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The minoritarian power imbalance that gave Trump immunity

Last month, YouGov conducted a poll for CBS News that included a question focused specifically on the Supreme Court case for which a decision came down Monday. Should American presidents, the pollsters asked, be granted broad immunity from criminal prosecution for actions they took in service of their presidencies?

Most Americans — more than two-thirds, in fact — said no. There were differences by political affiliation, with Democrats overwhelmingly rejecting the idea that a president should have such power. Among Republicans, a majority disagreed with offering that sort of protection, but only a relatively narrow one.

That’s not entirely surprising, given the genesis for the question. Donald Trump, indicted on state and federal charges for attempting to overturn the results of the 2020 presidential election, had argued that he (and every president) had a tacit protection from prosecution for engaging in those actions. Republicans were more likely than Democrats to support this sort of immunity, we can assume, because some portion of them recognized that it was Trump that we were really talking about.

But we don’t need to guess here. YouGov asked half of respondents specifically whether Trump should have that sort of immunity. Again, most respondents said he shouldn’t. This time, though, most Republicans — about two-thirds — said he should.

On Monday, that Republican minority got its wish — largely because of the systematic advantages Republicans have enjoyed in the Senate and thanks to the electoral college.

There are nine members of the court. The longest-serving member is Justice Clarence Thomas, nominated by George H.W. Bush and confirmed in 1991. The newest member is Justice Ketanji Brown Jackson, nominated by President Biden and confirmed in 2022.

But there’s a difference between the confirmations of those two justices. Thomas’s deeply controversial nomination earned him 52 Senate votes. Jackson’s far-less-controversial nomination landed in the modern era, when bipartisan approval of Supreme Court nominations has been abandoned. She got 53 votes.

Because of the way that power is allocated in the Senate, though, Jackson got support from senators representing far more of the country than Thomas did. Rural, lightly populated states get the same two senators that more-urban, densely populated ones do, meaning that — to use the standard example — California’s 39 million residents get the same number of senators as Wyoming’s 580,000.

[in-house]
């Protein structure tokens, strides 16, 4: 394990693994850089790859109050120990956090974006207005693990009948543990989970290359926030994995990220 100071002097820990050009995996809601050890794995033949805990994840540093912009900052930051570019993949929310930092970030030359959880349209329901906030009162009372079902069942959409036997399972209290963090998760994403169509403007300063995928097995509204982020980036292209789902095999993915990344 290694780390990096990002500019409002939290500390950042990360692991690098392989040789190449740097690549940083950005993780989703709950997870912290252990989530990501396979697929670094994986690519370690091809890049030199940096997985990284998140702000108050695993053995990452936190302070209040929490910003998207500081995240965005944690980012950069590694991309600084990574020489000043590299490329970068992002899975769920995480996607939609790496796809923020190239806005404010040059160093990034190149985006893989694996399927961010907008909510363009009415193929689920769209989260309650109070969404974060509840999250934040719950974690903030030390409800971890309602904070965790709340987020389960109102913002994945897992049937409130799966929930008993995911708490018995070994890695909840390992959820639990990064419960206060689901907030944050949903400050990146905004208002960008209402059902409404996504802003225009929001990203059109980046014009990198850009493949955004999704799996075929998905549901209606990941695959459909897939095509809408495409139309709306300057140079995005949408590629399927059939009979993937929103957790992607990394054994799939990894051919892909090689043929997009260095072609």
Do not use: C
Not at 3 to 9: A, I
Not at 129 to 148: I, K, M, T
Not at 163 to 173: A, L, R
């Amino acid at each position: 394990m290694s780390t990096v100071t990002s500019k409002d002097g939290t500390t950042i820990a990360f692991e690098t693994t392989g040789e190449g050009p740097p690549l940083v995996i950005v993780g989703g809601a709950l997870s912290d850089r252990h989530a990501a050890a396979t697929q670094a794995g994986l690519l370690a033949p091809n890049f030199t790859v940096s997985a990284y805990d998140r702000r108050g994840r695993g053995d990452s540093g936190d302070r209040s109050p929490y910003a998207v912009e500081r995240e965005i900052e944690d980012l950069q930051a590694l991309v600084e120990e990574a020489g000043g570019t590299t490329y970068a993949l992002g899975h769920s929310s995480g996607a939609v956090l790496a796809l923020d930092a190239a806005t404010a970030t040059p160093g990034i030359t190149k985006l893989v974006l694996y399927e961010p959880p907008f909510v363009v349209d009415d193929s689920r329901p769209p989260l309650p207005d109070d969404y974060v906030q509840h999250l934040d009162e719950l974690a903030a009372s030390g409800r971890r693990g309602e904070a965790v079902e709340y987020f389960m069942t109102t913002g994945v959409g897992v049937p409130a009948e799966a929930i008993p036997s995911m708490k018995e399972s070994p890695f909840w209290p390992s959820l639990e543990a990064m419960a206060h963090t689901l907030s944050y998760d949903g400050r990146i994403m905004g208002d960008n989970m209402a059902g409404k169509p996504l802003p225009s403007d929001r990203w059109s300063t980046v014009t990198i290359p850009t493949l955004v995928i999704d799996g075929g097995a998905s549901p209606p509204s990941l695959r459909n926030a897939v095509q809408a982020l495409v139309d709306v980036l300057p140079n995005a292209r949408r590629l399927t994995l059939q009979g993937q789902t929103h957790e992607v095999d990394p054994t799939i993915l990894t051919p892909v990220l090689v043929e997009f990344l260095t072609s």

If we allocate half of their state’s population to each senator, Thomas got the support of senators representing just under half the population. Jackson got the support of senators representing 57 percent of the population.

Using that same calculus, three other sitting justices also got support from senators representing less than half of the country: Justices Neil M. Gorsuch, Brett M. Kavanaugh and Amy Coney Barrett, all of whom were appointed by Trump.

Trump, of course, won the presidency thanks to another power structure that has often benefited Republicans: the electoral college. He lost the popular vote in 2016 but became president anyway, earning the right to fill a vacancy on the court immediately and then two more over the course of his presidency.

That he had the right to fill that vacancy immediately, of course, is itself a function of the imbalance of power in the Senate. Then-Senate Majority Leader Mitch McConnell (R-Ky.) rejected President Barack Obama’s 2016 nominee, Merrick Garland, something he was able to do given the Republican majority in the chamber. That majority represented about 47 percent of the country’s population. (When another court vacancy emerged in 2020, McConnell used his party’s majority to fill it immediately.)

Two other justices, Chief Justice John G. Roberts Jr. and Justice Samuel Alito, benefited from these advantages in another way. Alito was confirmed by senators representing barely more than half the country’s population, despite receiving 58 votes in the Senate. But he, like Roberts, was nominated by George W. Bush, who had been first elected in 2000 thanks to the electoral college. He was reelected in 2004 with a popular vote majority — the first Republican to do so since his father’s election in 1988. But had the popular vote determined the winner in 2000, it’s not clear any Republican would have been elected four years later.

As defenders of Trump and the Supreme Court will immediately note: This is how the system works. And that is true. It is. Five members of the nine-person Supreme Court can be nominated by presidents who lost the popular vote when they first ran, and four of them can be confirmed by senators representing less than half the country. Then they can decide, against the views of two-thirds of the country, that a president who lost the popular vote should have immunity from criminal charges for having attempted to subvert the results after he lost the popular vote again.

It’s how the system works.

This post appeared first on The Washington Post
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